Initializing Perl's rand

Ian McCulloch ianmcc at
Tue Jun 25 19:53:20 EST 2002

On Tue, 25 Jun 2002 Doug.Palmer at wrote:

> > Does perl initialize to the same seed each run?
> > How can I make it get a different seed each run?
> From 'man perlfunc':
> "Sets the random number seed for the "rand" opera­tor.  If EXPR is omitted,
> uses a semi-random value supplied by the kernel (if it supports the
> /dev/urandom device) or based on the current time and process ID, among
> other things.  In versions of Perl prior to 5.004 the default seed was just
> the current "time".  This isn't a particularly good seed, so many old
> programs supply their own seed value (often "time ^ $$" or "time ^ ($$ + ($$
> << 15))"), but that isn't necessary any more."
> time() has only second resolution and MacPerl may not have decent access to
> a process ID. So there may not be much randomness going on. At the very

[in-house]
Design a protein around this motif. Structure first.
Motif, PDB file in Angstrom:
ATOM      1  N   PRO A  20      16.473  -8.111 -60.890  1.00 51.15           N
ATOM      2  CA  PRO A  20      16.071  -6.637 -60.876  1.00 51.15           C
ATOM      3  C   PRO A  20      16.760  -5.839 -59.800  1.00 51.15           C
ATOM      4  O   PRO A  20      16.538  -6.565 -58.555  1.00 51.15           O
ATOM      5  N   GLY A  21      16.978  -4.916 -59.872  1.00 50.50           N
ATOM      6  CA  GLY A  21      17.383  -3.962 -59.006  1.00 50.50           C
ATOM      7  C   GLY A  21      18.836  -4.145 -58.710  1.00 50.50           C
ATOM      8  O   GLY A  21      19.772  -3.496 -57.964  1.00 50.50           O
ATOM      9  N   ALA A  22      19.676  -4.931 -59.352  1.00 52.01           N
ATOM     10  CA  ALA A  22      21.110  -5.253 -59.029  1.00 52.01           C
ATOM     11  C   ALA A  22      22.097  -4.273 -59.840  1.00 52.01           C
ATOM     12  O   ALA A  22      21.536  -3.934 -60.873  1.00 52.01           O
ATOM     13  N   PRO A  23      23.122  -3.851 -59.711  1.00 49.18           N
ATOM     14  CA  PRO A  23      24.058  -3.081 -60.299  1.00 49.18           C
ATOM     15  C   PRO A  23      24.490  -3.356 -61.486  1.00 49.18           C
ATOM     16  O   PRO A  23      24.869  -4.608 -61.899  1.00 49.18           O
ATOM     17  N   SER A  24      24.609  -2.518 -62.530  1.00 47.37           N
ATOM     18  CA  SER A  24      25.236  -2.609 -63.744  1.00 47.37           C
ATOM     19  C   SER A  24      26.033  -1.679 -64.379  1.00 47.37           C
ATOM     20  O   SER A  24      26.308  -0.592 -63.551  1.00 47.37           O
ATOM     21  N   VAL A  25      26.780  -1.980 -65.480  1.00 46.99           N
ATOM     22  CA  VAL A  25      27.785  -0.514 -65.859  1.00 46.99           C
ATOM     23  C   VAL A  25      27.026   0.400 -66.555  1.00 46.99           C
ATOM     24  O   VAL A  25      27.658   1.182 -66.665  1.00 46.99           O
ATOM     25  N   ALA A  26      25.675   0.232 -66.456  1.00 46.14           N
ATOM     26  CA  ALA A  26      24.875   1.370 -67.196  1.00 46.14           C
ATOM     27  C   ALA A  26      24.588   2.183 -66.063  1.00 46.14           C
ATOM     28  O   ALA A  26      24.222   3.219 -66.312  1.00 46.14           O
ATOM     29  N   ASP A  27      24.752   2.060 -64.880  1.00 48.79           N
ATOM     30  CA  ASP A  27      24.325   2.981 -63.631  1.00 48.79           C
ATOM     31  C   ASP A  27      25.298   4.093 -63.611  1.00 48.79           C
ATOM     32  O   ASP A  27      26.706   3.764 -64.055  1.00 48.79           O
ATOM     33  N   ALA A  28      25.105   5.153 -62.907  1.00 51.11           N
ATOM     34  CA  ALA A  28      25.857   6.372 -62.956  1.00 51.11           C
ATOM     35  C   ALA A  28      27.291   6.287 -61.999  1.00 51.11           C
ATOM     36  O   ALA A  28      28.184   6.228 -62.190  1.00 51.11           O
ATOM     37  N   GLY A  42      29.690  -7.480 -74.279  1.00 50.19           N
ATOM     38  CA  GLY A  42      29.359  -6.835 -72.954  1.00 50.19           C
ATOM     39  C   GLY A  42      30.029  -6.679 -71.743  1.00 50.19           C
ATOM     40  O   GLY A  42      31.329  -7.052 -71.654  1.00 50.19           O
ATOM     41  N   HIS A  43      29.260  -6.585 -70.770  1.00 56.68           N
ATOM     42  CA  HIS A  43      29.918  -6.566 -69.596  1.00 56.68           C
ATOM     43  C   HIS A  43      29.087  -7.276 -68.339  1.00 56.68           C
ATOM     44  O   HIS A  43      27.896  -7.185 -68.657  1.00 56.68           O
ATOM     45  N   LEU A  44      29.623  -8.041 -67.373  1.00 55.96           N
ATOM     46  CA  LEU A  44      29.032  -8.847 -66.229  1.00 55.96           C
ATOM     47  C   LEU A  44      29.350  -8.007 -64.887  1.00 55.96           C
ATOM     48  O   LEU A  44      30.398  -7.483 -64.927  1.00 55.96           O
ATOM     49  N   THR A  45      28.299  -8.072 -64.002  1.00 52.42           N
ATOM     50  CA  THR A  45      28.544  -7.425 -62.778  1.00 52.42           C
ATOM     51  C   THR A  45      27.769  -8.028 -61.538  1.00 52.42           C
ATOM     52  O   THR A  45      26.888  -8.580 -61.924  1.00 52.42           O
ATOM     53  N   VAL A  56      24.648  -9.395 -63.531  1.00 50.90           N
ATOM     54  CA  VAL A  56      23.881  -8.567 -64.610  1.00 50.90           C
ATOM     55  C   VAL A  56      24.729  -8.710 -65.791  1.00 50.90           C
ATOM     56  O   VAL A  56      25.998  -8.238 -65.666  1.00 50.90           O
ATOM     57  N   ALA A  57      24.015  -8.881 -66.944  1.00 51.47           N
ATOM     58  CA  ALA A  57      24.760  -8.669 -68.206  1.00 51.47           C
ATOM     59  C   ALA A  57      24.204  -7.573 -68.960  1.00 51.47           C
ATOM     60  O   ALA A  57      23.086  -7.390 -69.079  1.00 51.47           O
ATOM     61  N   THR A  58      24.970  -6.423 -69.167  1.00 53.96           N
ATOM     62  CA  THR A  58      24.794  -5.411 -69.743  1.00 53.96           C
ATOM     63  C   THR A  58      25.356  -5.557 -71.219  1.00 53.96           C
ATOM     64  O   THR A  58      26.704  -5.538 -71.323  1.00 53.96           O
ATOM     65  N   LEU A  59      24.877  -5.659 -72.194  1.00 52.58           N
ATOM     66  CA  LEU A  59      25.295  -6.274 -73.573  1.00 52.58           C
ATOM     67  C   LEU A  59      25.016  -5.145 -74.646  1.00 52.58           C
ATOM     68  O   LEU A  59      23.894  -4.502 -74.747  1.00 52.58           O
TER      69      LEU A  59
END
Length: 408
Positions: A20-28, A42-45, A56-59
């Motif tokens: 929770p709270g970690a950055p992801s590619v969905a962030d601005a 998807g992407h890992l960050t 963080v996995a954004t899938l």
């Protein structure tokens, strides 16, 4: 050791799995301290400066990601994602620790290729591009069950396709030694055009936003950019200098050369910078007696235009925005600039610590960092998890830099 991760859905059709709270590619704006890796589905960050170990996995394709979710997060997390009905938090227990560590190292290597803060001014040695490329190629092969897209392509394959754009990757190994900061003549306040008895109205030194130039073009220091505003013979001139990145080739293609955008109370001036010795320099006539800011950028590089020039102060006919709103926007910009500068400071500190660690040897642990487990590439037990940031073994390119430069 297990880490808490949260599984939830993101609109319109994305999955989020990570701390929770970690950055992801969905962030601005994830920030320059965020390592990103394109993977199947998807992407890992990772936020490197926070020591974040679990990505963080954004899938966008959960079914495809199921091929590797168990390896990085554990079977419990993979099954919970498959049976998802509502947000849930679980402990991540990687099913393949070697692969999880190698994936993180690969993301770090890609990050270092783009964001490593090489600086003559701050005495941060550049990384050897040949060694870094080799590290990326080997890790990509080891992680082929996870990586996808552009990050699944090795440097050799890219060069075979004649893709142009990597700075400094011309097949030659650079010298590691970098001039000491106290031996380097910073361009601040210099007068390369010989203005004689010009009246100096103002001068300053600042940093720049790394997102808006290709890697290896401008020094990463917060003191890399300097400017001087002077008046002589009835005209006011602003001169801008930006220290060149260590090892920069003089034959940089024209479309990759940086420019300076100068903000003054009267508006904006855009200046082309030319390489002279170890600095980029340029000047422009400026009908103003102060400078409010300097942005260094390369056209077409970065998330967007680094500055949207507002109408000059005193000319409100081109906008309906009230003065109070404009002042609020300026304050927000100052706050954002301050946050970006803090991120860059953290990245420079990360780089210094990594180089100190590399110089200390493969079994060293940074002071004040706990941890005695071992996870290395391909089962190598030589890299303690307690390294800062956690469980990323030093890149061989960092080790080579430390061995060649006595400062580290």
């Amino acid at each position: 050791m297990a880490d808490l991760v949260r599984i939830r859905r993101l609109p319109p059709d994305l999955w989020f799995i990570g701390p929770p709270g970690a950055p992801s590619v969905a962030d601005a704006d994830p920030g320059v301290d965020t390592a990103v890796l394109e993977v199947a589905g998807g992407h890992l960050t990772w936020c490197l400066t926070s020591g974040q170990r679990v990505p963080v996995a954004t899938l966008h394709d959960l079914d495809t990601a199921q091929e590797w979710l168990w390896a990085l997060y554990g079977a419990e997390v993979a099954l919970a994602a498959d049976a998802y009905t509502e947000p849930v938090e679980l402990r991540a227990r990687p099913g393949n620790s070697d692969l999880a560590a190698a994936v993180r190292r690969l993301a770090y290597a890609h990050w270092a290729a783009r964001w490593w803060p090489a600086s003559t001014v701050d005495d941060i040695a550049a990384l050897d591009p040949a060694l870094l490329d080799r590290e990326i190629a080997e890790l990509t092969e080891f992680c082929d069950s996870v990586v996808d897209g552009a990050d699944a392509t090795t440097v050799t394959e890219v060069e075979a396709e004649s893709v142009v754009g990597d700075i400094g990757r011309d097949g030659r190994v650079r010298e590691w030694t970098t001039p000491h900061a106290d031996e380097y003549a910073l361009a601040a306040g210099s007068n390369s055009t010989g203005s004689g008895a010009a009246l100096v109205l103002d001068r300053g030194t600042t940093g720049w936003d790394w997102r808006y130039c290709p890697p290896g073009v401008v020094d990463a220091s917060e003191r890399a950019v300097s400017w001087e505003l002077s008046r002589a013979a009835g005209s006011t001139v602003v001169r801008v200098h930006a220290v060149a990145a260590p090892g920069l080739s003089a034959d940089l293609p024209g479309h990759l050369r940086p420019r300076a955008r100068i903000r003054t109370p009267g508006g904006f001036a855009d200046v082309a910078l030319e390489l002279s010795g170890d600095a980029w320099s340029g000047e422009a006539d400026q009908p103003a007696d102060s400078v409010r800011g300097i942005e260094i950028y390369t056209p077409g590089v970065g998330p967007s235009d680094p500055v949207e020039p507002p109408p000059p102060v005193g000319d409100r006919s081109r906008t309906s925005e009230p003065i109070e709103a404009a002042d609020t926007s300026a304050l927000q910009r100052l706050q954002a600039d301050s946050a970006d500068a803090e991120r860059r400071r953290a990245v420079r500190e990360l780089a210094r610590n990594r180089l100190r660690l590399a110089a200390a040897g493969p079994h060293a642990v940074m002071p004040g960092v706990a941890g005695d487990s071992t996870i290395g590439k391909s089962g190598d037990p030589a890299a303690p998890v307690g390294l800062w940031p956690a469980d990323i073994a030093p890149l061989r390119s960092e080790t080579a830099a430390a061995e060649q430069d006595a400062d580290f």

> least, hashing the value of time() -- perhaps with Crypt::SHA for good
> entropy -- would be a good idea.

As aaid elsewhere, if the rand() function is any good, then hashing time() 
will give no additional benefit.

If the program is only running one instance at a time, the standard method 
would be to save the seed somewhere on exit, so you can restart from the 
saved position in the pseudo-random sequence.  Or you could munge the 
saved seed with time(), or something like that.

> You might want to use Math::TrulyRandom or Math::RandomOrg modules to
> initialise the seed. Math::TrulyRandom depends on some pretty unixy C code,
> however. Math::RandomOrg doesn't, but does need an internet connection.


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